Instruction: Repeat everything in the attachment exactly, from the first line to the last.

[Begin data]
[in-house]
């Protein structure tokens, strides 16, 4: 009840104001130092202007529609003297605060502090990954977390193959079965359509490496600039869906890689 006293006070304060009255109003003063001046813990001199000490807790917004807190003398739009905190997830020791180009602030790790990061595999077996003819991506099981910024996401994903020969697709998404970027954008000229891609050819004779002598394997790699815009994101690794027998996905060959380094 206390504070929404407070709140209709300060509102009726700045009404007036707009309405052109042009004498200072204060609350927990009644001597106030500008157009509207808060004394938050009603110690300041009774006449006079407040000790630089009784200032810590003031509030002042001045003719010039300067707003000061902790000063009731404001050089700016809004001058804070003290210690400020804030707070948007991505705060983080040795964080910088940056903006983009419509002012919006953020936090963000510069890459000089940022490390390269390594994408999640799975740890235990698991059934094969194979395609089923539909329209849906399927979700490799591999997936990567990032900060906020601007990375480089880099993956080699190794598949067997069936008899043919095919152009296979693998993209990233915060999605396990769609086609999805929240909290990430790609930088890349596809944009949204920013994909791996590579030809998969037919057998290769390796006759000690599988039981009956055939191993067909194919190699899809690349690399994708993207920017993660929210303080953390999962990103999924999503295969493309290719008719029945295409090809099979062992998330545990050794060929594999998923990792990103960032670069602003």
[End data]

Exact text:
[in-house]
């Protein structure tokens, strides 16, 4: 009840104001130092202007529609003297605060502090990954977390193959079965359509490496600039869906890689 006293006070304060009255109003003063001046813990001199000490807790917004807190003398739009905190997830020791180009602030790790990061595999077996003819991506099981910024996401994903020969697709998404970027954008000229891609050819004779002598394997790699815009994101690794027998996905060959380094 206390504070929404407070709140209709300060509102009726700045009404007036707009309405052109042009004498200072204060609350927990009644001597106030500008157009509207808060004394938050009603110690300041009774006449006079407040000790630089009784200032810590003031509030002042001045003719010039300067707003000061902790000063009731404001050089700016809004001058804070003290210690400020804030707070948007991505705060983080040795964080910088940056903006983009419509002012919006953020936090963000510069890459000089940022490390390269390594994408999640799975740890235990698991059934094969194979395609089923539909329209849906399927979700490799591999997936990567990032900060906020601007990375480089880099993956080699190794598949067997069936008899043919095919152009296979693998993209990233915060999605396990769609086609999805929240909290990430790609930088890349596809944009949204920013994909791996590579030809998969037919057998290769390796006759000690599988039981009956055939191993067909194919190699899809690349690399994708993207920017993660929210303080953390999962990103999924999503295969493309290719008719029945295409090809099979062992998330545990050794060929594999998923990792990103960032670069602003």